How Does Vertical Mount GPU Work?

Installing a new and more powerful graphics card can step up your experience when gaming. Being able to play the newest games in ultra-detail is as good as it gets, but not if you have an old PCI slot on your computer! 

Nowadays, there are two installation methods available installing vertically or horizontally into motherboards with Newly updated mounting brackets from AMD/NVIDIA themselves (HDT). 


The traditionally used method for installing the graphics card is horizontal. This means that it faces down towards your computer’s bottom side, which can make it less aesthetically pleasing than if you had opted to install vertically instead; however, this mounting style has been tried and tested over time, so no need to worry about compatibility issues with other components in regards! You also have an option when using vertical mount showing off all of its features by showcasing them through clear panels on either end (front or back).


The vertical GPU mount is a lavish aspect you can offer your PC. It allows for the graphics card to be seen in all its glory, provided that there’s clear side panel space and enough room behind it in whatever case yours may be installed into.

The vertical graphics card mount is an extraordinary feature that allows you to show off the beauty of the card with a beautiful display of its power.


Mounting your graphics card can be beneficial for a number of reasons. For one, the orientation allows better airflow and keeps temperatures low because it is not up against any glass panels or encroaches on other components that need space to function properly. Horizontal mountings also have longer lifespans when compared with vertically mounted GPUs since there’s less chance they’ll snap in half if you cross-fire them. 

Vertical mounting of the graphics card is essential for preventing GPU sag and making your build more aesthetically pleasing. To prevent this, builders opt to utilize a bracket that has been specifically designed for their needs; custom PC gamers also use vertical GPUs because it adds style points when showing off their latest investments!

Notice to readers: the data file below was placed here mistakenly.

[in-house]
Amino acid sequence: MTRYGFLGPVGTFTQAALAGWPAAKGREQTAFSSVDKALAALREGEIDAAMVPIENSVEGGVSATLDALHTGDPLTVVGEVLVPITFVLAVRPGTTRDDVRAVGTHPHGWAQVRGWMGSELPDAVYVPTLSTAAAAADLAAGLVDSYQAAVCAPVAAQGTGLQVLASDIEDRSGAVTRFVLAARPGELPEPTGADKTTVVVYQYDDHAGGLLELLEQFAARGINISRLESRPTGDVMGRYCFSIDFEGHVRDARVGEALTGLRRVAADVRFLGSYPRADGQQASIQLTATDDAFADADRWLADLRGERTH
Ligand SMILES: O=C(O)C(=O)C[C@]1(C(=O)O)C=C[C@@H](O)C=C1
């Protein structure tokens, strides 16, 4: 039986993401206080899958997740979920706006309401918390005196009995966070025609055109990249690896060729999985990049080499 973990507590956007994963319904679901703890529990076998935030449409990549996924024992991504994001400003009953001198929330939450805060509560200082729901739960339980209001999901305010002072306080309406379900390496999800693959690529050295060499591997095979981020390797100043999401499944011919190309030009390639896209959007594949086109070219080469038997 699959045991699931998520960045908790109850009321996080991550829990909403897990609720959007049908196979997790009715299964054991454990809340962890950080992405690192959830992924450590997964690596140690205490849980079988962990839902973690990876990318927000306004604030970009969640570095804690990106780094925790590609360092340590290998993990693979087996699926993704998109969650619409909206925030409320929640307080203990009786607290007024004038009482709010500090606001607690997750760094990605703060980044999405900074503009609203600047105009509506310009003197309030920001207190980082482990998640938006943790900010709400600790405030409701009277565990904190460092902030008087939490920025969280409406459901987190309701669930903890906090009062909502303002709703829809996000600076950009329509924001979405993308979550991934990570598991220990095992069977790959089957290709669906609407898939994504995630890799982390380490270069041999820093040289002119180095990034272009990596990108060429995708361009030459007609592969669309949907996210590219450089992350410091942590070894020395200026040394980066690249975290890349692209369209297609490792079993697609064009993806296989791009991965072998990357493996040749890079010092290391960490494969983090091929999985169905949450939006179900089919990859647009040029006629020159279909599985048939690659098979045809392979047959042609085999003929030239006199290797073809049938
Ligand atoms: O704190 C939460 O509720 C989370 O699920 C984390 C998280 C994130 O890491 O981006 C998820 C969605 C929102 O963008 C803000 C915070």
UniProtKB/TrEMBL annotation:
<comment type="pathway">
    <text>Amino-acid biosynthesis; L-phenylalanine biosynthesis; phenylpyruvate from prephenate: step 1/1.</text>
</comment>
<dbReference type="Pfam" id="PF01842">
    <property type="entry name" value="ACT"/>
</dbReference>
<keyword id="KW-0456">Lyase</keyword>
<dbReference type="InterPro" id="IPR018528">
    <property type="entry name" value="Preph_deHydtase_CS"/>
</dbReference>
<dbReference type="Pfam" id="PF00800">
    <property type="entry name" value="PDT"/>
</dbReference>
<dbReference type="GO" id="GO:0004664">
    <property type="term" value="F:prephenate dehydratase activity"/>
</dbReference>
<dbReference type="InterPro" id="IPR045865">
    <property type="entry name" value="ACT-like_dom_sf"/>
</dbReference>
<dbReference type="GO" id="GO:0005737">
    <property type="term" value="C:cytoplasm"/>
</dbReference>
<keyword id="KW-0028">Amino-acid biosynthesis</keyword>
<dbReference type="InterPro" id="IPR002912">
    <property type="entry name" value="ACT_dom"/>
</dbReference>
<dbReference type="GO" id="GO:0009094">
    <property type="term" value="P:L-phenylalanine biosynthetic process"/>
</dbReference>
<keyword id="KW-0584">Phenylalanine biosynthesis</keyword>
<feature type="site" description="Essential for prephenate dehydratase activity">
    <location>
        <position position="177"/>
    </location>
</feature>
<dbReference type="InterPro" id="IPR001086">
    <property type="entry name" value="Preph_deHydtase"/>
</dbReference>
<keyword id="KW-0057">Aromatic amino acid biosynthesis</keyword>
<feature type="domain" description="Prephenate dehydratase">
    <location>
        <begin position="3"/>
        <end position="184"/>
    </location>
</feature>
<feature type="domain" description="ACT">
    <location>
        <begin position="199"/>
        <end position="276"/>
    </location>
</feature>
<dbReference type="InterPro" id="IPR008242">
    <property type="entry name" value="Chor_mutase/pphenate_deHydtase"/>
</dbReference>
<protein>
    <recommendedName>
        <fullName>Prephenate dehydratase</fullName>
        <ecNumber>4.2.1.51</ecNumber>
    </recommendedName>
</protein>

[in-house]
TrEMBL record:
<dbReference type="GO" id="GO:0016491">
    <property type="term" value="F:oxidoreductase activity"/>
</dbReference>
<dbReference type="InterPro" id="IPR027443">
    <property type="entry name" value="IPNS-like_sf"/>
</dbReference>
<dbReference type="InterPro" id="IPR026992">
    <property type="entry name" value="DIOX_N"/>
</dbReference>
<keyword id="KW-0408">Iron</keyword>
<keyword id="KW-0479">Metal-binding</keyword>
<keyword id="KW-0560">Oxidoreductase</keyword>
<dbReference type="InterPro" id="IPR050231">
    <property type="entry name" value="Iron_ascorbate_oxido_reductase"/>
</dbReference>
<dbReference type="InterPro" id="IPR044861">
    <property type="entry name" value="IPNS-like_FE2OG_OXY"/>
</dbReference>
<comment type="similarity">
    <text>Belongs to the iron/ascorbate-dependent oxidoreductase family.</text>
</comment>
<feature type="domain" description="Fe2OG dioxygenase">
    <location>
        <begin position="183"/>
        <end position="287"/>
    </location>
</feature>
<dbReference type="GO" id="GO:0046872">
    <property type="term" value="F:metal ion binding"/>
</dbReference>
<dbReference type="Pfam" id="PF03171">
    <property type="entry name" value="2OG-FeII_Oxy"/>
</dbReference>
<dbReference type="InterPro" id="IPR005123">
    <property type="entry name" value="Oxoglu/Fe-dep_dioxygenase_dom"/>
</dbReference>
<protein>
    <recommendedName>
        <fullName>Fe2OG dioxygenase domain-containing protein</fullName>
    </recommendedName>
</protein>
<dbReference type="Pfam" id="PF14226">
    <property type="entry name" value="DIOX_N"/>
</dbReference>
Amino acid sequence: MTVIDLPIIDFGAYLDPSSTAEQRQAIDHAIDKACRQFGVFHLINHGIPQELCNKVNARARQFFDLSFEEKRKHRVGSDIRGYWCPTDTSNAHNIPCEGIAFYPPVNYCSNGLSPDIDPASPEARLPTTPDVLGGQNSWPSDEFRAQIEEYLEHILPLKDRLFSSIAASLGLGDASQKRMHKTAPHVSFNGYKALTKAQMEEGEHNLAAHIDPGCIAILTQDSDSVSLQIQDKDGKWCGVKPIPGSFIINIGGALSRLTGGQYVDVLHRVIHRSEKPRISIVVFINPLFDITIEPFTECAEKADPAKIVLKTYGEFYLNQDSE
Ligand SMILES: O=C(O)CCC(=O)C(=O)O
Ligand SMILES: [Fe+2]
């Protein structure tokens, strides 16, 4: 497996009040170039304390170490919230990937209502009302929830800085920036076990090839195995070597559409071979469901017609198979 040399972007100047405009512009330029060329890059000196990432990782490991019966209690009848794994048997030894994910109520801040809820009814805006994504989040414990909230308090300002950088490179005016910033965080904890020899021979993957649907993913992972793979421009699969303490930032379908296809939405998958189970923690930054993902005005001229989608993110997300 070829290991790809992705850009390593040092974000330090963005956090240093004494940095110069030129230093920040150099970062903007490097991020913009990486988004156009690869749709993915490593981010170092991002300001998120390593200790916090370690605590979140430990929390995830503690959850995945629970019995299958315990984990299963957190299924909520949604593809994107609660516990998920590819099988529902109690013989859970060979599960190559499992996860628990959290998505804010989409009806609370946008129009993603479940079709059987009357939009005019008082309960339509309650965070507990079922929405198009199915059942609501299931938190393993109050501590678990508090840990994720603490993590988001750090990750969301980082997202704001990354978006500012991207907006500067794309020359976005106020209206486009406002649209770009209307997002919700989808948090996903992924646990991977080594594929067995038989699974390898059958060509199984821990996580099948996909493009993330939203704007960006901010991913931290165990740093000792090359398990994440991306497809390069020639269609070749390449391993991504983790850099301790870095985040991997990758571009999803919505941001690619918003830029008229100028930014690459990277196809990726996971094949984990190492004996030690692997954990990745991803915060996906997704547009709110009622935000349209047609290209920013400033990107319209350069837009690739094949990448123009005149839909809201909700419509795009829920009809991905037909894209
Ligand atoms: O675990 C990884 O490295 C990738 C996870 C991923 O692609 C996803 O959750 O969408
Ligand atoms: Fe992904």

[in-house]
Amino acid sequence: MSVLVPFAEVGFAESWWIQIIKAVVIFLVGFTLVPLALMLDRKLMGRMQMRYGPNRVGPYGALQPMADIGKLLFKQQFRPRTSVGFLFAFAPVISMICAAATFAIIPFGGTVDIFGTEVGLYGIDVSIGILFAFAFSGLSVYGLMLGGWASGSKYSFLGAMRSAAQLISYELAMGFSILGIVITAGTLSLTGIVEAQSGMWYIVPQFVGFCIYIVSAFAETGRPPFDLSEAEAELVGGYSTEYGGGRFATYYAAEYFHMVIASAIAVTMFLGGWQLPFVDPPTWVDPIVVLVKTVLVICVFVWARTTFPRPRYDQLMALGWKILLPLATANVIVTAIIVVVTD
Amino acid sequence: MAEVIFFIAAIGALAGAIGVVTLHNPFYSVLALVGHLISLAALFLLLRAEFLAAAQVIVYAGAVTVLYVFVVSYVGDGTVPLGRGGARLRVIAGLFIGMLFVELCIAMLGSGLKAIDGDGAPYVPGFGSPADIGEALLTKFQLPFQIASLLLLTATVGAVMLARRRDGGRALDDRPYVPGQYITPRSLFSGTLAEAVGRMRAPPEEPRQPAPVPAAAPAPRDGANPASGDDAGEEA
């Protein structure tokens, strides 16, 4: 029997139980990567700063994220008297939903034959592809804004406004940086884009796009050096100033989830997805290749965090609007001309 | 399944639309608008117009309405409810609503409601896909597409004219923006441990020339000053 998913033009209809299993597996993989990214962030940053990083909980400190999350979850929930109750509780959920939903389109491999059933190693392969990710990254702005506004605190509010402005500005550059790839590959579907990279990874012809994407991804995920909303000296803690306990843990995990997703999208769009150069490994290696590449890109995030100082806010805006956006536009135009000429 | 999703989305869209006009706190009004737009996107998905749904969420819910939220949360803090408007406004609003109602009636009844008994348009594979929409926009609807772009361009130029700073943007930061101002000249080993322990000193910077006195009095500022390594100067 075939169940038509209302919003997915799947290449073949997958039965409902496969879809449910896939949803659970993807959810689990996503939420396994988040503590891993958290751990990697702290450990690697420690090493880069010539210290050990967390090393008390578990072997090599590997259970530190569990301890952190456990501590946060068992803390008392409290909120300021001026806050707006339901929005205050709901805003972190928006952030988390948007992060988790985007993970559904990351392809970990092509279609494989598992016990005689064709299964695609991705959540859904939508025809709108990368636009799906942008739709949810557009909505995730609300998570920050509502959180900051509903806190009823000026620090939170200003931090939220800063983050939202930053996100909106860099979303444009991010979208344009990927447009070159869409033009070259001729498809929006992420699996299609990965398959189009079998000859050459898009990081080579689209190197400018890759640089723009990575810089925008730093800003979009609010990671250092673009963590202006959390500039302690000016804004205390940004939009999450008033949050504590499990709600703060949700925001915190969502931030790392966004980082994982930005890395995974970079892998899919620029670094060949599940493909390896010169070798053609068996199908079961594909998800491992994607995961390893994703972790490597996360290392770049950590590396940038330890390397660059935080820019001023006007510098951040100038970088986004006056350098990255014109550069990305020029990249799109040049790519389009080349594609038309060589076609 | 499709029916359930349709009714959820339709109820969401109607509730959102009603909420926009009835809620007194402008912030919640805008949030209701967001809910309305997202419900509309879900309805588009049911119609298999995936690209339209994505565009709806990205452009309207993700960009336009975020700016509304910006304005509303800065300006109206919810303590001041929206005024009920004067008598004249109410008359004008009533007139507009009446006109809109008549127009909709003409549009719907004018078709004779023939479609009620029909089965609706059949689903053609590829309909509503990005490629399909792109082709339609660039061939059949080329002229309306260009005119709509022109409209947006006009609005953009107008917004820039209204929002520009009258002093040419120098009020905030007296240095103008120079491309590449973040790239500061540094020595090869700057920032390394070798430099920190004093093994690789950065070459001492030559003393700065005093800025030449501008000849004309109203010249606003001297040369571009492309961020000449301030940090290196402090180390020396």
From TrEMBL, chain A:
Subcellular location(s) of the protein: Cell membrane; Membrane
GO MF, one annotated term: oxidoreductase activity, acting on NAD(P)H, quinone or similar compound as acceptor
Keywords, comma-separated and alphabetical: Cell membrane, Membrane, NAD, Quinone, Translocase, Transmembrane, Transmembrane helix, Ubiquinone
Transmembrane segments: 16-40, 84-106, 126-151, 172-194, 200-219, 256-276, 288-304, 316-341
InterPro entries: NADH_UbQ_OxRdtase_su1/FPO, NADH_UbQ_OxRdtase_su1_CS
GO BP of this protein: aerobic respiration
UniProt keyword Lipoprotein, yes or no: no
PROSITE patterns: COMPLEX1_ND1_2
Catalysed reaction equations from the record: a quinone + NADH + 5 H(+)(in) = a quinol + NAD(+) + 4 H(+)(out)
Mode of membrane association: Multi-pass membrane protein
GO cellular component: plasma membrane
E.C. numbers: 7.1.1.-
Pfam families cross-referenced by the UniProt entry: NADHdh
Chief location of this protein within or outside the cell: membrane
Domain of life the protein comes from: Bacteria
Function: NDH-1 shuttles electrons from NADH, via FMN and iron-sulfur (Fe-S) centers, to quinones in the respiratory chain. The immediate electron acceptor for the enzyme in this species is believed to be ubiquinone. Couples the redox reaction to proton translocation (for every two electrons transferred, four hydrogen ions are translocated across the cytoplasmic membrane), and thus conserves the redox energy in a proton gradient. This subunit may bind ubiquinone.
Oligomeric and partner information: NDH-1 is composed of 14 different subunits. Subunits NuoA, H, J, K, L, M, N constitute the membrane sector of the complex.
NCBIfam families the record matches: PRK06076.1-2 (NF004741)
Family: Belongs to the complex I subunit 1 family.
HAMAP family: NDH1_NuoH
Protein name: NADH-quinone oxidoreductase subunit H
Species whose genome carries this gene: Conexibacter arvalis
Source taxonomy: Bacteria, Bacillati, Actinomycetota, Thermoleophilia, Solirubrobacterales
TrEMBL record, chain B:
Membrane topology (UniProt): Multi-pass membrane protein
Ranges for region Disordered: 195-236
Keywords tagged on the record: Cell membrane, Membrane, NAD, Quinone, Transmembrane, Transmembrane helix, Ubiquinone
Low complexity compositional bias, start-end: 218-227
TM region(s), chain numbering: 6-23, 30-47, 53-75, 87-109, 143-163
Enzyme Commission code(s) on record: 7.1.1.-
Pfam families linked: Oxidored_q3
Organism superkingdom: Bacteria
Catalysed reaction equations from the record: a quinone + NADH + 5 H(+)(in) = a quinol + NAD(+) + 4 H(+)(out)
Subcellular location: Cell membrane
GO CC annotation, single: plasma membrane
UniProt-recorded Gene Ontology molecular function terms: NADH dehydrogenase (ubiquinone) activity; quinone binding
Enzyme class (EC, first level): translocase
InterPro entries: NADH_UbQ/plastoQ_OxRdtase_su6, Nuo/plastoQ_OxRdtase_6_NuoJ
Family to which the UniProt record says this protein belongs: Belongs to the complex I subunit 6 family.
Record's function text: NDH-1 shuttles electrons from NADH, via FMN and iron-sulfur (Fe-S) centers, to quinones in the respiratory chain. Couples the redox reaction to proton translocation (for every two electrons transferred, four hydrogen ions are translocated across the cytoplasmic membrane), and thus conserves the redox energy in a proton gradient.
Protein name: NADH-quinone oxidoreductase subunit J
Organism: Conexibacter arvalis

Open Air GPU

Open-air GPU coolers operate in a similar manner to box fans. They take air from the top of your case and blow it overheat sinks, which then exchange warmth for cooler temperatures with direct contact between metal contraptions inside each other!

The big difference is that open airs do not have any obstructions blocking airflow; this means there’s no way they can suck up all sorts of stuff like breeze block closets might otherwise accumulate onto one another while we sleep at night so feel free to drop by some tissues before turning on yer fan if needed.

Blower GPU

A blower-style graphics card cooler is much more efficient than its predecessor, the heatsink and fan combo. With a newer design that relies on airflow through an open area to cool down electronic components inside of it instead; because there’s nothing holding back heat from escaping outwards like before in traditional cooling methods with fans or even passive ones where no power supply would move until you manually turned them off at night time when needed only once every couple days during use (though this can vary depending what type) so with these newer models made by companies such as Cooler Master without any moving parts whatsoever other than maybe two bolts securing each end which are hardly ever-tightening.


Vertical GPU mounts look excellent. Do note that there can be some issues with this design when opting for the vertical mounting position, such as getting too near side panel locations which may cause airflow interference or resulting in a more difficult installation process of your custom liquid-cooled PC(s). Despite these drawbacks, though, vertically mounted graphics cards provide an elegant solution and work well if done right!

Chris Stobing
Chris Stobing is a hardware analyst at PhenomBuilts. He is a graduate of New York University. Chris brings his experience benchmarking and reviewing gadgets and PC hardware such as graphics cards, monitors, storage, and networking equipment.
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